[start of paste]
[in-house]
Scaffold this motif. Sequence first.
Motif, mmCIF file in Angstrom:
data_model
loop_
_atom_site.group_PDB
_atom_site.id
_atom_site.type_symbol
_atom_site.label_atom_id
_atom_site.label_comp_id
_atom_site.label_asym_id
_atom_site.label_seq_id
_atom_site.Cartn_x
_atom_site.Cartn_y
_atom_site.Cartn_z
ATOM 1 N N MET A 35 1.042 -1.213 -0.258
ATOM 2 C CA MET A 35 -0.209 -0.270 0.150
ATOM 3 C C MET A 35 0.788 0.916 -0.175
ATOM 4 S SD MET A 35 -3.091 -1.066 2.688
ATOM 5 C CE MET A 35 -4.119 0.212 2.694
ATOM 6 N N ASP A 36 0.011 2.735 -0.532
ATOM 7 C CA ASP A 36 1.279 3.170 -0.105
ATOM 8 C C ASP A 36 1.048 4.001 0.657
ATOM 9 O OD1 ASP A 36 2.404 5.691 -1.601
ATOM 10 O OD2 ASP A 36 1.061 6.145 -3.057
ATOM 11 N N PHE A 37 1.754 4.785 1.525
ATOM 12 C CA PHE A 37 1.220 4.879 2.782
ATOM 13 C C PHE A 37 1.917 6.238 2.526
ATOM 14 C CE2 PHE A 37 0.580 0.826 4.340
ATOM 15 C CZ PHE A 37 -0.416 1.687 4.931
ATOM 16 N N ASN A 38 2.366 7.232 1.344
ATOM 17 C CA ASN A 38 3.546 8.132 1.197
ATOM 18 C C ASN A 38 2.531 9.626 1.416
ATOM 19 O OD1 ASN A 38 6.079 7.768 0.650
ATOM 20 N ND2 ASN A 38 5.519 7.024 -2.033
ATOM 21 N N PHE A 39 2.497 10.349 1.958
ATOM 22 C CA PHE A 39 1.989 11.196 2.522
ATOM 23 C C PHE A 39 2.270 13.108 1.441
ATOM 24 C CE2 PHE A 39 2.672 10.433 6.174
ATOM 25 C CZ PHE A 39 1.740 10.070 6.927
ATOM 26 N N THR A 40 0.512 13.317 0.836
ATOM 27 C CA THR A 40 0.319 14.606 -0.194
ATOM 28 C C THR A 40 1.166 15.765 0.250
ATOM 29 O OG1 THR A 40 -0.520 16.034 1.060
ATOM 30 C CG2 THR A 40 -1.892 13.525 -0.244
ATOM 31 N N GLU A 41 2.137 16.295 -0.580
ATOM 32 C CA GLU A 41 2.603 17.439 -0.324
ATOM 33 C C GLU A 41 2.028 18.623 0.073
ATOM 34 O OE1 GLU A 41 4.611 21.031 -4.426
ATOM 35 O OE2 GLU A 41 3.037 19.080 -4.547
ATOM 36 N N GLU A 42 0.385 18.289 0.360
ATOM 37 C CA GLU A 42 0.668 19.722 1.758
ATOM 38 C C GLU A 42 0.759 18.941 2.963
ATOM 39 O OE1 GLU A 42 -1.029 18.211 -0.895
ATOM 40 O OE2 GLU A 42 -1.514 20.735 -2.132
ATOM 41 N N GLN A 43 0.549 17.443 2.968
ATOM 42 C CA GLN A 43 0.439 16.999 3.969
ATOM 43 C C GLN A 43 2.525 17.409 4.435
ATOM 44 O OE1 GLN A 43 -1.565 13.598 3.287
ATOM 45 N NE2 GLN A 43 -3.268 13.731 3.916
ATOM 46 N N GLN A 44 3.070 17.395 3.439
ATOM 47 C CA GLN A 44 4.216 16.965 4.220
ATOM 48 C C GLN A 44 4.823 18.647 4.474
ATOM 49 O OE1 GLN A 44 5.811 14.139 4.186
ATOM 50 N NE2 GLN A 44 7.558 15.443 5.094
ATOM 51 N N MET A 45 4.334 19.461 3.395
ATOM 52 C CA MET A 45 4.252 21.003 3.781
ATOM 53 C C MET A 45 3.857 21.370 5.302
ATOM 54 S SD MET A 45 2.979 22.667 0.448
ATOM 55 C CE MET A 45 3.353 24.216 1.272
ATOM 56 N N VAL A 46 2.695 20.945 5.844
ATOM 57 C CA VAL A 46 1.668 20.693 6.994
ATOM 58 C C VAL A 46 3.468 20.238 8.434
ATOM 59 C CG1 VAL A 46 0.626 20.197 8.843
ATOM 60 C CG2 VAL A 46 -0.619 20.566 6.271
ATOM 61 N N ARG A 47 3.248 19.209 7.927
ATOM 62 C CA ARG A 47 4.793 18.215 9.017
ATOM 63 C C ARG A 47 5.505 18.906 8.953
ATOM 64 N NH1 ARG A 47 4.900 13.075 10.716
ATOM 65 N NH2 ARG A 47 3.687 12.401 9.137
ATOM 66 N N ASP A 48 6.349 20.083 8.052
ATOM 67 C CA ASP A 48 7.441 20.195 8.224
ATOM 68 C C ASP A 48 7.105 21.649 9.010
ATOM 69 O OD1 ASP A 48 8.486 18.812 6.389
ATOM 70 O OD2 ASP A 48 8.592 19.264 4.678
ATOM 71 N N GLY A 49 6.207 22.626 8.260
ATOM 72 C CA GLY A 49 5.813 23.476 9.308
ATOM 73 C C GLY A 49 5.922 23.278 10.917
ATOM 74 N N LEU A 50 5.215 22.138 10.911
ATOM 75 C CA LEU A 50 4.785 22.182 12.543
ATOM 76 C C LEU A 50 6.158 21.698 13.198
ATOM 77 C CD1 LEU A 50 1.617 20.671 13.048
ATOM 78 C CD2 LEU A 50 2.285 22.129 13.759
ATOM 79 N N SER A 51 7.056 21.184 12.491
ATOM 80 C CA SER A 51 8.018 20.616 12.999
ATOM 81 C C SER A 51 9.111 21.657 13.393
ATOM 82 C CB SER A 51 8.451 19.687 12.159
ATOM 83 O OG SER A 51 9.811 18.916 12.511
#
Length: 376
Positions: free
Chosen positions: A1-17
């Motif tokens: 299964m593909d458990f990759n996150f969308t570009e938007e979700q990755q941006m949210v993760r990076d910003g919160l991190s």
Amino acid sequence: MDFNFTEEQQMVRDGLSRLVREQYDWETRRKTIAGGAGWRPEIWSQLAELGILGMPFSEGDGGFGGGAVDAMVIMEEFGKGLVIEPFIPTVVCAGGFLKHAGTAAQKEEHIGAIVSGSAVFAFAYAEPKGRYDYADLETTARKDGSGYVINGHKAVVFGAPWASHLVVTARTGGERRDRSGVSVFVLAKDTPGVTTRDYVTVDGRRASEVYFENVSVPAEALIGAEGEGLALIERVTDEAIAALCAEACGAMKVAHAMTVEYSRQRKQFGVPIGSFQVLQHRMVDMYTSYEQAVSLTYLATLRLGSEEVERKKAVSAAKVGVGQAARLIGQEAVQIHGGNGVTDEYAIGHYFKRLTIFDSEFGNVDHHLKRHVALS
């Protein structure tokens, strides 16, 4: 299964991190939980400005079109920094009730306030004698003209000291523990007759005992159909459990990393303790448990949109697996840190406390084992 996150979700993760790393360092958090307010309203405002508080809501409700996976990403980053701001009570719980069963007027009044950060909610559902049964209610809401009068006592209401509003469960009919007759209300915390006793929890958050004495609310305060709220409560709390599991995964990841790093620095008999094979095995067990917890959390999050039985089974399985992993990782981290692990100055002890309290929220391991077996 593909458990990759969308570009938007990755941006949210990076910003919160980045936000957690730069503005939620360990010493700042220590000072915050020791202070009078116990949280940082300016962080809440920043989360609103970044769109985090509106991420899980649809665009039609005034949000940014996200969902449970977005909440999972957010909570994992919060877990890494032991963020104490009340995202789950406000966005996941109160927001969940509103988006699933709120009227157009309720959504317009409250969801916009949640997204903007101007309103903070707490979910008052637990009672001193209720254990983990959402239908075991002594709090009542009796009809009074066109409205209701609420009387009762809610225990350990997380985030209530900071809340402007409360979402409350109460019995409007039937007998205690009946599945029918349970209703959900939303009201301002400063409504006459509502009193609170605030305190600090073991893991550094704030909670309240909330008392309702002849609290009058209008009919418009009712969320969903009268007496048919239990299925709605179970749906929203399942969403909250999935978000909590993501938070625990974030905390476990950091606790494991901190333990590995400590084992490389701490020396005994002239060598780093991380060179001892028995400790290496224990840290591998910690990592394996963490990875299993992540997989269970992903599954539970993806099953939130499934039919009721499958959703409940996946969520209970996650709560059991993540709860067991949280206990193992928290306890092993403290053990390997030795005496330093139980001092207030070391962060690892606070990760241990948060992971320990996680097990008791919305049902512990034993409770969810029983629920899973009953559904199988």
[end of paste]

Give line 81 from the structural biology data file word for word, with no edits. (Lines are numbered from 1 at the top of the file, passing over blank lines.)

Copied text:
ATOM 66 N N ASP A 48 6.349 20.083 8.052